By Chantele Karim, Biological Sciences, ’17
“Over the past few years, I have noticed an increase in media attention directed toward bees. Although the presence of issues regarding bees in the United States was rather clear to me, their magnanimity remained largely obscure. Recently, I came across an article in The Economist on the invention of an artificial pollinator. I began to better understand the far-reaching extent of the global pollination crisis caused by suffering bee populations and felt compelled to research the topic further. This article seeks to briefly detail current issues regarding the decline of domestic and wild bees, as well as the approaches being undertaken in response.”
On February 10, 2017, the U.S. Fish and Wildlife Service (USFWS) listed the rusty patched bumble bee (Bombus affinis) as endangered — the primary reasons being habitat loss, disease, climate change, and pesticides associated with farming. The habitat of this now endangered species once ranged across 28 states within the United States, the District of Columbia, and 2 Canadian provinces. Since 2000, however, the bumble bee has been found in only 13 states and 1 Canadian province (1).
The implications of Bombus affinis’s endangered status are widespread, considering the extensive impact of the species across ecosystems. Bumble bees are important pollinators that contribute to the production of many native flowering and seed crops, thereby providing sustenance for many wildlife populations. They also play a significant role in pollinating agricultural crops managed by humans, such as blueberries, apples, strawberries, almonds, and tomatoes. In fact, USFWS estimates that the economic value of pollination services provided by wild bees is approximately $3 billion per year in the United States (1). The newly endangered status of Bombus affinis thus raises a humanitarian concern, in addition to concerns regarding the welfare of plant and animal populations.
The current context of domestic bee populations adds considerable weight to these concerns. In November of 2006, drastic declines in honey bee (Apis) populations were linked by researchers to a phenomenon called Colony Collapse Disorder, the cause of which is theorized to involve pathogens and viruses, poor nutrition due to loss of habitat, exposure to pesticides, lack of genetic diversity, and bee management practices. Declines in domestic bee populations remain ongoing and pose a contemporary threat to both U.S. and global agricultural and economic sustainability (2,5,7).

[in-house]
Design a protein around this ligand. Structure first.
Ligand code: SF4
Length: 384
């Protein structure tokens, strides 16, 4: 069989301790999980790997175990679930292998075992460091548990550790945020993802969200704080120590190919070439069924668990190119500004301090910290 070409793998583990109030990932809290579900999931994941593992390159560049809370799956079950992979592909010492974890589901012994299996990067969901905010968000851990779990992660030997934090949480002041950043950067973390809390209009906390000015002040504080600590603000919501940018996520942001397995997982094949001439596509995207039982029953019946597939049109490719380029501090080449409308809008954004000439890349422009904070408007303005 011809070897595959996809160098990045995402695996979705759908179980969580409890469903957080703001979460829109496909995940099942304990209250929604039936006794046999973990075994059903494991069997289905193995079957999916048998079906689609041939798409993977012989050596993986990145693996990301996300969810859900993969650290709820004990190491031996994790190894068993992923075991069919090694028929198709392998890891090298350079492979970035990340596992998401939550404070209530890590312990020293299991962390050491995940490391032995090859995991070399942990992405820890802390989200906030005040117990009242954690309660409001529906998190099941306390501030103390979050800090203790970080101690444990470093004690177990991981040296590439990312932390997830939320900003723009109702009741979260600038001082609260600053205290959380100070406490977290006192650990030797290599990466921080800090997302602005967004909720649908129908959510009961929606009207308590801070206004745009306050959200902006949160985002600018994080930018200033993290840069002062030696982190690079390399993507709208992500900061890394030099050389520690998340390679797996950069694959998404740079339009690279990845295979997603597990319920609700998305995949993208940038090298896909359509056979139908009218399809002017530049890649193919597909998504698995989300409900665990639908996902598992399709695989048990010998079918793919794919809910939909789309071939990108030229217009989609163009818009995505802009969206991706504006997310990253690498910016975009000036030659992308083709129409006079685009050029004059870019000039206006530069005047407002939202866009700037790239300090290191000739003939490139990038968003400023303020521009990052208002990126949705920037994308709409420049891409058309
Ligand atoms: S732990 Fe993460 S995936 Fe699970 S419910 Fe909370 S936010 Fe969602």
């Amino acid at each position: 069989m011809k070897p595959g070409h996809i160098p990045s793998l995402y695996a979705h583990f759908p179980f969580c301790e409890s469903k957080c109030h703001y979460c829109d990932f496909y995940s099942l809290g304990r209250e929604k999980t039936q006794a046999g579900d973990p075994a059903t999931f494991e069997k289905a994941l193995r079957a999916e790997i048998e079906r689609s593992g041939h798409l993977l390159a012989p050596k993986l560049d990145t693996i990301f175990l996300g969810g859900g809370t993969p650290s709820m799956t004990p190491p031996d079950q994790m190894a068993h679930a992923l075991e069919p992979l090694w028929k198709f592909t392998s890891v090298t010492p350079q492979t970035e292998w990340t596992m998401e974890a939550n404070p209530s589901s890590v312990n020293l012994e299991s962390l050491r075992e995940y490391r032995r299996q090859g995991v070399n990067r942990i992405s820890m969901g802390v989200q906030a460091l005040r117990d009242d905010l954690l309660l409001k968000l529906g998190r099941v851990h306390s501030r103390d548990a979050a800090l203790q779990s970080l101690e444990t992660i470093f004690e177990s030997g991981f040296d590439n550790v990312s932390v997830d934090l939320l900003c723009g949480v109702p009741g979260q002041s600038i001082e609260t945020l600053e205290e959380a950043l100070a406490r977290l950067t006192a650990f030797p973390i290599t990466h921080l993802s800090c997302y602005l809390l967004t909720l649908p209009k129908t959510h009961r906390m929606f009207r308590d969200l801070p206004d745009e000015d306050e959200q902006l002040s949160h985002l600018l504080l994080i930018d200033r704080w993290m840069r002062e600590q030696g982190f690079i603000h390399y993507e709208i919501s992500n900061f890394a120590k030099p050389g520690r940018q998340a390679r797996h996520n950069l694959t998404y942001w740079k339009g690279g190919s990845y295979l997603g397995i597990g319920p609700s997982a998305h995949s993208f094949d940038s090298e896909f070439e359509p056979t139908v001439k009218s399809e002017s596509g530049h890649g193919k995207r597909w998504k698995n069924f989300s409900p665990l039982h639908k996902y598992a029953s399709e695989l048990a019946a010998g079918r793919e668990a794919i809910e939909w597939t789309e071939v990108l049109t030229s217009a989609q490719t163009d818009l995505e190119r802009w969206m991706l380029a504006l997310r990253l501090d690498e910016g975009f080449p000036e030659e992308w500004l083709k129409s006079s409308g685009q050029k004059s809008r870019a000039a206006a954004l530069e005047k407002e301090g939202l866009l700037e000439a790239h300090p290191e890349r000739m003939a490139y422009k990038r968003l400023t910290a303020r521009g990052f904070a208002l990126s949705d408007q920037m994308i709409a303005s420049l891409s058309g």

In response to this pollination crisis, many researchers, beekeepers, and organizations such as the United States Environmental Protection Agency (EPA) have directed their efforts toward sustaining both domestic and wild bee populations, and preventing their further decline (2,5). A different approach has been undertaken by a team of scientists and engineers led by Dr. Eijiro Miyako of the National Institute of Advanced Industrial Science and Technology in Tsukuba, Japan. On February 9, 2017, Dr. Miyako published his experimental findings in “Materially Engineered Artificial Pollinators”— the main result of his research being the creation of an artificially engineered pollinator in drone form. The pollinator is equipped with synthesized iconic liquid gel-coated horsehair fibers that allow it to successfully absorb and dispense pollen, as shown in Miyako’s experiment with Japanese lilies (Lilium japonicum) (3,4,8).
Despite its success in the laboratory, Dr. Miyako’s human-operated robotic pollinator cannot yet provide a feasible solution to our pollination crisis due to economic and practicality constraints (3,4). However, developments in artificial intelligence and GPS may enable artificial pollinators to become more widely implemented in the near future (4). It is worth noting that in addition to their intended contributions, research such as Dr. Miyako’s and efforts in preventing the decline of bees have also progressively led to our heightened awareness of bees and their remarkably skilled contributions as pollinators.
Click here to learn more about bee pollinator decline and how you can help declining bee populations.
- “Fact Sheet- Rusty Patched Bumble Bee (Bombus affinis).” U.S. Fish & Wildlife Service Endangered Species. 10 Jan. 2017. Web.
- Hagopian, Joachim. “Death and Extinction of the Bees.” Global Research. 4 Jan. 2017. Web.
- Klein, Alice. “Robotic bee could help pollinate crops as real bees decline.” New Scientist. 9 Feb. 2017. Web.
- “Plans for artificial pollinators are afoot.” The Economist. 9 Feb. 2017. Web.
- “Pollinator Protection: Colony Collapse Disorder.” United States Environmental Protection Agency. 16 Sept. 2016. Web.
- “Save Bees: Pollinator Decline and How to Help.” Save Bees. 15 Jan. 2017. Web.
- Suryanarayanan, Sainath, and Daniel Lee Kleinman. “Introduction.” Vanishing Bees: Science, Politics, and Honeybee Health, Rutgers University Press, New Brunswick, New Jersey; London, 2017, pp. 1–14. Web.
- Svetlana A. Chechetka, Yue Yu, Masayoshi Tange, Eijiro Miyako, “Materially Engineered Artificial Pollinators,” Chem, vol. 2, no. 2, 9 Feb. 2017, pp. 224-239. Web.
Edited by Rachel Hull & Madison Dougherty